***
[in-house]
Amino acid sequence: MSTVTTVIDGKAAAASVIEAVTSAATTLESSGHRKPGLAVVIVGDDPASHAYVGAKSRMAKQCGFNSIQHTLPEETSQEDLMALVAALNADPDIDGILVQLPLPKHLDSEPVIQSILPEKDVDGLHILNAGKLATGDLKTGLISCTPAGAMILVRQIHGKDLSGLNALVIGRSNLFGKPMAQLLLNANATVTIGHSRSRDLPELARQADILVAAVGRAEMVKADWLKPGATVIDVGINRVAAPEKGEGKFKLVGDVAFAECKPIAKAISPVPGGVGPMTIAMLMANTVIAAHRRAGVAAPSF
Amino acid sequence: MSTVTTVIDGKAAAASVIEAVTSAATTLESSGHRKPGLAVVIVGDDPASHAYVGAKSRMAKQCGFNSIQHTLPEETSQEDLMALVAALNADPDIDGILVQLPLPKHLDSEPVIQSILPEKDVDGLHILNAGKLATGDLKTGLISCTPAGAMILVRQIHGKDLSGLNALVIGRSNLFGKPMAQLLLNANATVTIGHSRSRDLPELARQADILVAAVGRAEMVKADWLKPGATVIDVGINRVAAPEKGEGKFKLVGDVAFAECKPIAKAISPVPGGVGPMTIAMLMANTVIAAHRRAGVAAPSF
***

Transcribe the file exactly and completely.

[in-house]
Amino acid sequence: MSTVTTVIDGKAAAASVIEAVTSAATTLESSGHRKPGLAVVIVGDDPASHAYVGAKSRMAKQCGFNSIQHTLPEETSQEDLMALVAALNADPDIDGILVQLPLPKHLDSEPVIQSILPEKDVDGLHILNAGKLATGDLKTGLISCTPAGAMILVRQIHGKDLSGLNALVIGRSNLFGKPMAQLLLNANATVTIGHSRSRDLPELARQADILVAAVGRAEMVKADWLKPGATVIDVGINRVAAPEKGEGKFKLVGDVAFAECKPIAKAISPVPGGVGPMTIAMLMANTVIAAHRRAGVAAPSF
Amino acid sequence: MSTVTTVIDGKAAAASVIEAVTSAATTLESSGHRKPGLAVVIVGDDPASHAYVGAKSRMAKQCGFNSIQHTLPEETSQEDLMALVAALNADPDIDGILVQLPLPKHLDSEPVIQSILPEKDVDGLHILNAGKLATGDLKTGLISCTPAGAMILVRQIHGKDLSGLNALVIGRSNLFGKPMAQLLLNANATVTIGHSRSRDLPELARQADILVAAVGRAEMVKADWLKPGATVIDVGINRVAAPEKGEGKFKLVGDVAFAECKPIAKAISPVPGGVGPMTIAMLMANTVIAAHRRAGVAAPSF